In sharing my journey toward a deeper mind-body-spirit connection, I guess it was inevitable that I would need to address my body at some point. This is a little tricky for me. You know when girlfriends are hanging out together, pointing out perceived deficiencies on their bodies? Comparing muffin tops? I don’t have a lot to say. Not because I am without muffin top, but having dealt with body-image issues for as long as I can remember, talking openly about my muffin top presents some problems for me. (Men, I imagine you do the same when you’re hanging out with your buddies, right?).

As soon as I had a concept of “larger” and “smaller” I knew I was in the larger group. Sadly, I see in hindsight that this was probably because I was taller than most of my other friends. Of course I was larger, but I didn’t know how to differentiate between larger-taller and larger-wider, and honestly, I’m not sure that would have made a difference anyway. I thought I was too large and I went with it (looking back, I feel so sad for that girl who thought she was too large because she was damn skinny!).

While I’ve reconciled my body-image issues for the most part, I am still pretty sensitive to sharing, even with most of my beloved girlfriends. In the spirit of this journey, I think it is time to change all that. Please bear with me as I take a few steps outside my comfort zone.

In the midst of muffin top discussions, it never fails that I wonder: What exactly are we striving for? What are we comparing ourselves to when we decide our bodies are too much of one thing or not enough of another? Usually, it is some ideal or another, like when we think that someone we saw at the gym last week has a perfect body. Or we see some gorgeous mom breeze through the pick-up line at school. She is fit, stylish, friendly, and she smiles and hugs her children tightly when she sees them. She looks like she has it all. We want her body. Even worse, we want Gwyneth Paltrow’s body or Jennifer Lopez’s body – bodies we don’t ever even see in their natural states. We can all dream, we can work-out, we can starve ourselves, or eat healthy, well-balanced meals, but at the end of the day we have only one body. Our very own, unique, individual one and only body. And we must work with it.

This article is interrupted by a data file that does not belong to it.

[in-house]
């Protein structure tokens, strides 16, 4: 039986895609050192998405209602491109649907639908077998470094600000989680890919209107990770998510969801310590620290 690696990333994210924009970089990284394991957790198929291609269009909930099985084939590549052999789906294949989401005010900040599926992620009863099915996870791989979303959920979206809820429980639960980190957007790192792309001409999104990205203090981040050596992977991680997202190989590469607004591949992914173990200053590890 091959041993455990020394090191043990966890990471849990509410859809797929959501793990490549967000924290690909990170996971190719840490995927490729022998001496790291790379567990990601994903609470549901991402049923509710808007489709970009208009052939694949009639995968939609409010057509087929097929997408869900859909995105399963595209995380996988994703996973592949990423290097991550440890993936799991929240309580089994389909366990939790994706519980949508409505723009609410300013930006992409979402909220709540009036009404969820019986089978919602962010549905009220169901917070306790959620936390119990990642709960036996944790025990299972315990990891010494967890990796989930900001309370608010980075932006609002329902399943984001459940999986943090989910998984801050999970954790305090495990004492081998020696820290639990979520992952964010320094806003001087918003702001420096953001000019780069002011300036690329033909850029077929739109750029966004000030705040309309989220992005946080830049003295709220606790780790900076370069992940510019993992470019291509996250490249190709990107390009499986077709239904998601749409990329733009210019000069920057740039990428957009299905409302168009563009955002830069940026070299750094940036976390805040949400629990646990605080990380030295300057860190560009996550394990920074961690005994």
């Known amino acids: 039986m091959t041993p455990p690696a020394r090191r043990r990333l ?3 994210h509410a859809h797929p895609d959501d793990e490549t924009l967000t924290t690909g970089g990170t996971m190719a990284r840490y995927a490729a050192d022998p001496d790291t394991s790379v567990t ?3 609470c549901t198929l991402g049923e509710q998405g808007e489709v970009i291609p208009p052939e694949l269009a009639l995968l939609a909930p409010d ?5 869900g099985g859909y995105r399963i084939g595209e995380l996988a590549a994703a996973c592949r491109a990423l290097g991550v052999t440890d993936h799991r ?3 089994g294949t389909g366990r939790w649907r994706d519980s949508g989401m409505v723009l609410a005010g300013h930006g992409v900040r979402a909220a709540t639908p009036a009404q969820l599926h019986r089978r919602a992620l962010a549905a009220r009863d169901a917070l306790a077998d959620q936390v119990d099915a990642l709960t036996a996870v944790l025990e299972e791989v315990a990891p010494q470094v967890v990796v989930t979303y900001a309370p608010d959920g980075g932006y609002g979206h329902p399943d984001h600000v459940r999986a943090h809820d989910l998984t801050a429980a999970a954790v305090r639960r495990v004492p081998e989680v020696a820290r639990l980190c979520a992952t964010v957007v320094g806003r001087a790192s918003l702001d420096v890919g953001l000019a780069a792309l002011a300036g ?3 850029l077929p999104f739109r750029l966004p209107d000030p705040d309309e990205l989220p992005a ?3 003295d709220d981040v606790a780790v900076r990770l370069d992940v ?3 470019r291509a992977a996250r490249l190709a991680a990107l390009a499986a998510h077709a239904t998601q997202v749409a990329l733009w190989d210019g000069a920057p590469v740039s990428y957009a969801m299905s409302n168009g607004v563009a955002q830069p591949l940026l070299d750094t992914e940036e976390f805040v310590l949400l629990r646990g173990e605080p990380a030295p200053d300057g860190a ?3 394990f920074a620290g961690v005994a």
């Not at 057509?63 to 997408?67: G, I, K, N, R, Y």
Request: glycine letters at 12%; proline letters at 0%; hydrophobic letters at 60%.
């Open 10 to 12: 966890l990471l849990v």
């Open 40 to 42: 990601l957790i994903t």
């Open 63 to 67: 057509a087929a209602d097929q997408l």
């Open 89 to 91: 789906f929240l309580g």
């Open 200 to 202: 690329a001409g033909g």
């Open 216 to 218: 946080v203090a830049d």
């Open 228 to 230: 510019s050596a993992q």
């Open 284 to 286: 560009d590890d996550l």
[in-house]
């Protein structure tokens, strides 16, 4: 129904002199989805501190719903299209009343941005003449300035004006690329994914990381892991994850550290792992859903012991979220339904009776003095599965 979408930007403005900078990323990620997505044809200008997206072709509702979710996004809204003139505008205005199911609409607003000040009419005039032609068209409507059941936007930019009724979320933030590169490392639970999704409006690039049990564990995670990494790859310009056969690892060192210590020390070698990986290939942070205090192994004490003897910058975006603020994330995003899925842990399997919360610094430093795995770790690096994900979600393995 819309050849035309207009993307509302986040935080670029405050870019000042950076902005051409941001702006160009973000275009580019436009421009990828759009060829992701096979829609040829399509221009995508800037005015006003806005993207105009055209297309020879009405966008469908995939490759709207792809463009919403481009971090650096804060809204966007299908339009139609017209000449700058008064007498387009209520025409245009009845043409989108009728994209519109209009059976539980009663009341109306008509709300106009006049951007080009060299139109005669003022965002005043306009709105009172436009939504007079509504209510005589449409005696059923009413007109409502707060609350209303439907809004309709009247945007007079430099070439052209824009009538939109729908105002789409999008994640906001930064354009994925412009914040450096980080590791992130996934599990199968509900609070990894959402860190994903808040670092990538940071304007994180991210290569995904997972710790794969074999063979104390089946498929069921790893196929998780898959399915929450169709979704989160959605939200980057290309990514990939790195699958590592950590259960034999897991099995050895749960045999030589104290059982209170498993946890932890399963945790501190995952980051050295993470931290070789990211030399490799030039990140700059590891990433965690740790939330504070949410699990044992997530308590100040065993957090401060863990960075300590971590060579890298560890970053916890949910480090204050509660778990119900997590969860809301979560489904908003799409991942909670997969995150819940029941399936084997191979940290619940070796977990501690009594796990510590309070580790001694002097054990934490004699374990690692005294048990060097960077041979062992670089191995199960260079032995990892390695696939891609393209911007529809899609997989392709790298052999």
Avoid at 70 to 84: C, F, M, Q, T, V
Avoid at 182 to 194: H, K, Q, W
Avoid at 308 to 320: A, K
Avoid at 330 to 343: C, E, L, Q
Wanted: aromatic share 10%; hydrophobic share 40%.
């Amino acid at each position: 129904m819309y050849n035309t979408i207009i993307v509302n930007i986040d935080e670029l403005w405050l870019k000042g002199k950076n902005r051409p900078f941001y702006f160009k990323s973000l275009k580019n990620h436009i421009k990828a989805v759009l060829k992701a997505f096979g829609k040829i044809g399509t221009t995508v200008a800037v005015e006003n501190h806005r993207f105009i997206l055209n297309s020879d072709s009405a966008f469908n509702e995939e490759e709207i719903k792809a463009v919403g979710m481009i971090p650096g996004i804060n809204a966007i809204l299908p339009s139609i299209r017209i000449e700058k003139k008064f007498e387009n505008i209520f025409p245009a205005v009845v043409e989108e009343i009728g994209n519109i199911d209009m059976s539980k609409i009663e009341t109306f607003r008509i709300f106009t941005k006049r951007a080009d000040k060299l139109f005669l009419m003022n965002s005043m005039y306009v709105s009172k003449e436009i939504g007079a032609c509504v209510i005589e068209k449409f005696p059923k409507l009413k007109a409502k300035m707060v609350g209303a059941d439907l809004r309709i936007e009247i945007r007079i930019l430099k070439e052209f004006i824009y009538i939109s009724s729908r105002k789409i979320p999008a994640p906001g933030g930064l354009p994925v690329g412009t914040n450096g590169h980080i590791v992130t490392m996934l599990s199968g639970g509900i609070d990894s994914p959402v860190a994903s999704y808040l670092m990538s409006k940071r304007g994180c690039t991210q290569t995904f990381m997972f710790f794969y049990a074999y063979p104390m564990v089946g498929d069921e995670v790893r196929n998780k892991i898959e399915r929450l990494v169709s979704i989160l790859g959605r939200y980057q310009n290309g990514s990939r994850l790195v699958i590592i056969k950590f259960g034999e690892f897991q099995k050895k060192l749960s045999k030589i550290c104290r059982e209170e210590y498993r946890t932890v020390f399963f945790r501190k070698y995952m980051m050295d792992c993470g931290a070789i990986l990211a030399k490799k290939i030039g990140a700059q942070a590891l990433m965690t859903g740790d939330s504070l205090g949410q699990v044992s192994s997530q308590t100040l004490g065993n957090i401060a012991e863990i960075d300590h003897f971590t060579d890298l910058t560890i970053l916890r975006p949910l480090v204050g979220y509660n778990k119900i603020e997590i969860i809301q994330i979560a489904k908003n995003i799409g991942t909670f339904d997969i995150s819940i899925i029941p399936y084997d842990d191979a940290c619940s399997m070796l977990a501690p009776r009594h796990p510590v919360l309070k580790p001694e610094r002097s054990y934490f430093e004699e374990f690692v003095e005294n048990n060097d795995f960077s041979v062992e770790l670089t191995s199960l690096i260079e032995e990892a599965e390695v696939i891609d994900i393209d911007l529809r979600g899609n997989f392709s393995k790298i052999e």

The body I’m working with is definitely in the larger group these days. I think my body and I have developed a relationship much like an older couple who has been married for many years. We’ve been through a lot together. We love each other, but we’re not always in love with each other. Other than a gradual explosion in body size when I started college, and then again when I first started taking “the pill,” my weight was never truly an issue. I could have lost 5-10 pounds here and there, but for the most part, I felt good in my body. Right before I became pregnant with my first son, I even felt great. I was in pretty good shape, I exercised regularly, and I ate well. Then I gained 15 pounds as soon as I found out I was pregnant. I’m not kidding. I have no idea how it happened, but it did, and then it happened again three more times. I have heard there are other women who have had the same experience. It is just another prenatal phenomenon, I suppose. I didn’t over-indulge too frequently, but I ate whatever I wanted to whenever I wanted to while I was pregnant. I didn’t obsess over weight gain and my doctors didn’t either.

I enjoyed answering my crazy cravings (lots of citrus) and overall, I simply loved being pregnant. I was in complete awe of my body while I was pregnant. I loved knowing that while I sat watching a movie with my husband, someone was inside me growing ears. I loved watching my body grow and change. I thought it was fun to wear maternity clothes. I loved the butterfly flutters I felt in my belly as my baby grew and started to explore and I marveled at the punches and kicks I felt as he got bigger. I was not as fond of the sensation I had during the fully-reclined-with-foot-in-my-rib phase of pregnancy, but he came out soon after that so there are no hard feelings. I felt like I was a living, breathing miracle of life. If I hadn’t developed a deeper love connection to my body and its capabilities by the end of my pregnancy, I fell head over heels in love with my body when I gave birth to my son. It was the most exhilarating, empowering experience I had ever had in my body. Once my sweet baby James was out safely and I held him close for the first time, I knew my body and I could do anything.